As shown in Figure 3, the DO framework is based on splitting the video content into content-uniform video shots that are usually between 2 and 10 seconds in duration, with each shot subsequently encoded at different resolutions and different QP/CRFs. The convex hull parameter values of the encodings of each shot are then generated. To construct the bitstream for the full video content, the equal-slope approach is used to aggregate the encoded shots, resulting in different full bit streams with distinct levels of quality.
Figure 3. Shot-based encoding workflow.
Figure 4 presents the BD-rate versus time curves for DO-based encoding using premium video content, for several open-source encoders, namely SVT-AV1, AVC-x264, VP9-libvpx, HEVC-x265 and VVC-VVENC. For each preset and for each video shot, the convex hull parameter values are first generated. The YPSNR, YSSIM and VMAF BD-rate data are then generated for all presets using libaom-cpu0 as reference. Moreover, the total encode (system + user) time for each preset is recorded. As shown in the figure, SVT-AV1 M12 yields x264-veryslow BD-rate levels with a ~14x reduction in encoding time, and it achieves x264-very-fast speed levels with BD-rate savings of ~25%. Moreover, M8 achieves x265-medium speed levels while yielding ~25% gain in BD-rate.
Figure 4. BD-rate vs. encode-time for DO-based SVT-AV1 and other open-source encoders.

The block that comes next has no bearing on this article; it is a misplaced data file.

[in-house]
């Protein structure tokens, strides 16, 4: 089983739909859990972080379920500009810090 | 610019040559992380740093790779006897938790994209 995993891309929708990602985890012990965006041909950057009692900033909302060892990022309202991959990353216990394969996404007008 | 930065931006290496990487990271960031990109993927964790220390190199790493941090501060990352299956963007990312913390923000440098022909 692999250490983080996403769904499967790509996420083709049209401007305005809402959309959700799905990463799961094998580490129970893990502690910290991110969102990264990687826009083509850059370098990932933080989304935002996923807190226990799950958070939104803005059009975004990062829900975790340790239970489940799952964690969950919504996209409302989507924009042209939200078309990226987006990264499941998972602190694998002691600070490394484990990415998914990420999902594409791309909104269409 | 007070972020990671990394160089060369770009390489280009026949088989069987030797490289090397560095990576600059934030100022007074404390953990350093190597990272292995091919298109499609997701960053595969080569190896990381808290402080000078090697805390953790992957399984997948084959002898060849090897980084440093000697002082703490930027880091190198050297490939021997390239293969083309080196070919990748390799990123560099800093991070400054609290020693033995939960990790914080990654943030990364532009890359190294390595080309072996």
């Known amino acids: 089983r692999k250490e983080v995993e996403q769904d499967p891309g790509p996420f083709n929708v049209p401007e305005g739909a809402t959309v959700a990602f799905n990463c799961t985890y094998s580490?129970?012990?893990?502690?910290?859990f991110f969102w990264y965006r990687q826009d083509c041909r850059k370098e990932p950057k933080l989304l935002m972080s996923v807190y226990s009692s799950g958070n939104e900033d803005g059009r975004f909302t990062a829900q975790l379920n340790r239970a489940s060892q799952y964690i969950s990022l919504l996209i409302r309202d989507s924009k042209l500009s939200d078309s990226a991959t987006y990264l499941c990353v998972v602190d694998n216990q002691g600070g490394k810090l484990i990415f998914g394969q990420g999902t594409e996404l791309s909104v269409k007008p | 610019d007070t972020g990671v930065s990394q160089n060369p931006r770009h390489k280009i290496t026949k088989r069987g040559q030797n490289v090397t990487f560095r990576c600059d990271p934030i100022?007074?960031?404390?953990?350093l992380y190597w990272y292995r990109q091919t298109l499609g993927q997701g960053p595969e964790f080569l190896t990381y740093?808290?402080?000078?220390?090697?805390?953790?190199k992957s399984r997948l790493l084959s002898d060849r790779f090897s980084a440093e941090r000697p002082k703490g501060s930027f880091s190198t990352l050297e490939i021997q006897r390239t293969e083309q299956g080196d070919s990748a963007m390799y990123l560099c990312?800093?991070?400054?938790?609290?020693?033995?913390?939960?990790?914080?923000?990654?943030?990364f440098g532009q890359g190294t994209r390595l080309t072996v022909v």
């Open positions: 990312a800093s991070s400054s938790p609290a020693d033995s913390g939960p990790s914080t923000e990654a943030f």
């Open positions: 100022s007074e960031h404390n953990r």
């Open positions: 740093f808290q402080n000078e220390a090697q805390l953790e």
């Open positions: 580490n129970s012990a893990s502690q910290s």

Despite its bandwidth efficiency, DO-based streaming is potentially much more demanding in computations than conventional adaptive streaming, since each shot is encoded multiple times for many resolutions/QP pairs (8 x 11 = 88 encodings for each video shot for the results shown in Figure 4). To address the large computational demands, a two-pass SVT-AV1 solution is employed, where the convex-hull encoding parameters for each video shot are estimated using a fast preset of the SVT-AV1 encoder. Subsequently, the bit streams are generated for the desired-preset SVT-AV1 encoder using the first-pass-generated parameter values. Figure 2 illustrates the two-pass DO-based SVT-AV1 solution, with the BD-rate versus encode time tradeoffs shown in Figure 5. In this figure, the red curve shows the BD-rate versus encode time tradeoffs for conventional DO-based SVT-AV1, whereas the green curve shows the same tradeoffs for DO-based two-pass SVT-AV1. For the two-pass SVT-AV1 encoder, the presets are denoted with the pair (Mx, My), with Mx being the preset of the first-pass encoder, and My being the preset of the second-pass encoder. The Mx-preset encoder is determined for each target My-preset encoder, based on an offline analysis of a large set of different video shots, in a way that would optimize the overall quality-cycles tradeoffs. Then, the final encodings for each shot are performed for the My-preset encoder using the Mx-generated (resolution, CRF) parameters. To improve the tradeoffs of the M11/M12 encodings, we also developed a very-fast M13-preset encoder, to be used as a first-pass encoder.
As illustrated in Figure 5, the DO-based two-pass SVT-AV1 encoder not only covers the entire range of the computational complexity range that spans 3 orders of magnitudes, while providing high granularity, with a higher number of (Mx, My) presets, but it also yields clear improvements in quality-cycles tradeoffs. For example, the (M5, M0)-encoder is 8.7x faster than the M0-encoder, while maintaining the same BD-rate levels. Another example is the (M12, M7)-preset encoder, which is both ~2.8x faster and ~2.5% more bandwidth efficient than the M8-preset encoder.